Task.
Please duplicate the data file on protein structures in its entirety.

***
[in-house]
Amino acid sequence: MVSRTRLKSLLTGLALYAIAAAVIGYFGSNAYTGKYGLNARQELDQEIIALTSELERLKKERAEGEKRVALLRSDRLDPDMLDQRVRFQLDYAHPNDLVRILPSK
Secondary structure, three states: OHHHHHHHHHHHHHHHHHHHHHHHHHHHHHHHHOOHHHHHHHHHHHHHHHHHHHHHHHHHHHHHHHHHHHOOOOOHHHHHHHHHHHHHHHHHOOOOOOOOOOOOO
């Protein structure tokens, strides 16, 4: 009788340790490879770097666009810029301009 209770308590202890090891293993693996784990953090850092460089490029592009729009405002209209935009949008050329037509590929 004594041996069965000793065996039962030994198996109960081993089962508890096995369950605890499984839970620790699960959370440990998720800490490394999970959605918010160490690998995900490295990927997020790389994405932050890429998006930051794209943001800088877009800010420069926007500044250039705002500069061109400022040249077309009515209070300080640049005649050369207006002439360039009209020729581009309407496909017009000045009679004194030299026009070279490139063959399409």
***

[in-house]
Amino acid sequence: MVSRTRLKSLLTGLALYAIAAAVIGYFGSNAYTGKYGLNARQELDQEIIALTSELERLKKERAEGEKRVALLRSDRLDPDMLDQRVRFQLDYAHPNDLVRILPSK
Secondary structure, three states: OHHHHHHHHHHHHHHHHHHHHHHHHHHHHHHHHOOHHHHHHHHHHHHHHHHHHHHHHHHHHHHHHHHHHHOOOOOHHHHHHHHHHHHHHHHHOOOOOOOOOOOOO
């Protein structure tokens, strides 16, 4: 009788340790490879770097666009810029301009 209770308590202890090891293993693996784990953090850092460089490029592009729009405002209209935009949008050329037509590929 004594041996069965000793065996039962030994198996109960081993089962508890096995369950605890499984839970620790699960959370440990998720800490490394999970959605918010160490690998995900490295990927997020790389994405932050890429998006930051794209943001800088877009800010420069926007500044250039705002500069061109400022040249077309009515209070300080640049005649050369207006002439360039009209020729581009309407496909017009000045009679004194030299026009070279490139063959399409």